Share on FacebookShare on Google+Tweet about this on TwitterPin on PinterestEmail this to someone

Untitled

Someone I love just got a prenatal Down syndrome diagnosis, what can I do help them?

I put this Q&A together based on questions I received from some friends who were brave enough to ask. I like talking about Down syndrome, I don’t want people whispering about it or acting like it’s taboo or off limits, so if you have questions, I really encourage you to ask me, I’m happy to talk about our experience.

What do I say to my friend?

Anything. You can’t say the right thing right now, because the right thing doesn’t exist. That’s not your fault. Your friend’s world just got thrown off kilter, they need time to adjust. They are figuring things out. Give them space and time if they need it, but they may not want space either; follow their lead. The amount of supportive love and messages we got in the early days was maddening, but looking back now all I remember is how much people flooded us with love.

Don’t blame them for having lots of conflicting feelings and emotions. Don’t turn their child into a mascot for your pro life politics. Don’t say you’re sorry. Don’t pity them.

Do tell them you love them, and that you’re excited to meet their baby. If they have older children and you are able, offer to babysit. They are about to have a lot more doctors appointments.

People came out of the woodwork to tell us stories of a kid with Ds they met at the park, or their cousin’s aunt’s neighbor who was the sweetest man ever. They sent me email addresses and phone numbers of strangers they expected us to call because they also have children with Ds. I’ve been flooded with recommendations for blogs and people have sent me the same YouTube video a hundred times. It’s annoying. But also? It’s amazing. We are so lucky so many people love us and care enough to reach out, recommend and hit send. Don’t stop, we love you too.

But what do I say? What words do I use?

It should go without saying that the R-Word is off limits. But you might not know not to call their child a “Down’s baby”. Their child is a beautiful tiny human who happens to have an extra chromosome. He has Down syndrome, he isn’t Down syndrome. Use people first language, please; for example, Copley is a baby with Down syndrome.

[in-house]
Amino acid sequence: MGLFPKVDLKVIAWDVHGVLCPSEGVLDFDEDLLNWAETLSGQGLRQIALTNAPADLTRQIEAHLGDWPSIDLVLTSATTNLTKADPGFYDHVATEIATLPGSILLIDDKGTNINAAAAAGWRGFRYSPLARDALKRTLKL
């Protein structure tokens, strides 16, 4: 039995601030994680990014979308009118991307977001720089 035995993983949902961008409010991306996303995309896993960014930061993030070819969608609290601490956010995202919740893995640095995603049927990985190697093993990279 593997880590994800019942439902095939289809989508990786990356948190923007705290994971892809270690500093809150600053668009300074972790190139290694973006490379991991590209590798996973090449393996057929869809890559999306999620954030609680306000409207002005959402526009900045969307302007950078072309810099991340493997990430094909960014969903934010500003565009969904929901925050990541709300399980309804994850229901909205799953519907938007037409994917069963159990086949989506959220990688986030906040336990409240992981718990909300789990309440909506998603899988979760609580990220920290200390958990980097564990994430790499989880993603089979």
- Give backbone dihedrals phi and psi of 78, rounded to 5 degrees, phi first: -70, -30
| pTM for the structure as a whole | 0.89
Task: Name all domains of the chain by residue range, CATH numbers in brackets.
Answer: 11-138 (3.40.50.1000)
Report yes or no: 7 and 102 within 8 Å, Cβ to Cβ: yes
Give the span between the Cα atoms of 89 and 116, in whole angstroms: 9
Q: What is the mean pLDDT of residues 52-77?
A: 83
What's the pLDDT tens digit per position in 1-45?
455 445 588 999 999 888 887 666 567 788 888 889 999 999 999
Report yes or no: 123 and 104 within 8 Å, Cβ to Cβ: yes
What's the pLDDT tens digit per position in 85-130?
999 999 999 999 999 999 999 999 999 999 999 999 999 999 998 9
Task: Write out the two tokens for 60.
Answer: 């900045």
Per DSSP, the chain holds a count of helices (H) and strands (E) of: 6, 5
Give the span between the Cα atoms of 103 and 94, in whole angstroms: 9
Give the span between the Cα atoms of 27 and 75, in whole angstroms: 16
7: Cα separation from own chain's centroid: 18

Will their baby look like them?

Of course he’ll look like them! He’s made of their DNA! I admit, I was a little worried about that too when I was pregnant, as silly as it seems now. We have a doctor who asks us at every visit if we are sure he has Down syndrome, “because he doesn’t look like he has Down syndrome”. Come on, Doc! Of course he looks like he has Down syndrome (I say “looks like he has Down syndrome” not “downsy” which I’ve heard, cringe), in so much as anybody can look like they have Down syndrome. That is, he does exhibit certain characteristics associated with Down syndrome, but that doesn’t mean he looks like every other person who has Down syndrome, or that he’s not the cutest damn baby in the whole world who, incidentally, looks just like his mama.

Does it have degrees? Is it possible to have mild Down syndrome?

Their baby will have an extra chromosome in every cell in his body, that’s how Ds works. A friend shared an analogy with me once, and it was so simple and brilliant.

Down syndrome isn’t a spectrum is disorder, it is a syndrome where people with Ds share in a set of characteristics, each of varying degrees.
Think of Ds like a salad bar. It’s not a perfect analogy but it simplifies the point.
The salad bar contains all of the characteristics of Ds. As you watch people go through the salad bar, no one gets every item on the salad bar. Some get several things and some just grab a couple. Some get heart issues, GI problems, hearing problems, sandal gap toes, Palmer creases, small ears, etc. but not everyone gets the same amount of any one item.
Everyone gets lettuce though. You can think of lettuce as intellectual disability. Some people get more lettuce than others but everyone gets some of it.
And almost everyone gets salad dressing. Dressing is the hypotonia or low muscle tone. Some just get a little and drizzle it on the side of their plate, like someone with Ds might have mild hypotonia in their arms, or some might gets lots of thick dressing, like some people with Ds have hypotonia throughout their body, including the organs and digestive system causing their digestive system to move slowly.

In the end, you may find a few salads that are similar to each other but ultimately no two salads will be alike. People with Down syndrome have characteristics in common but each has their own unique combination of those characteristics.

I’m worried about their baby. Some of those “characteristics” sound like pretty serious health issues.

They might have some pretty serious health challenges, Or they might have a totally healthy baby. Some of us get so lucky, but some of us are given babies with broken hearts. It’s not fair.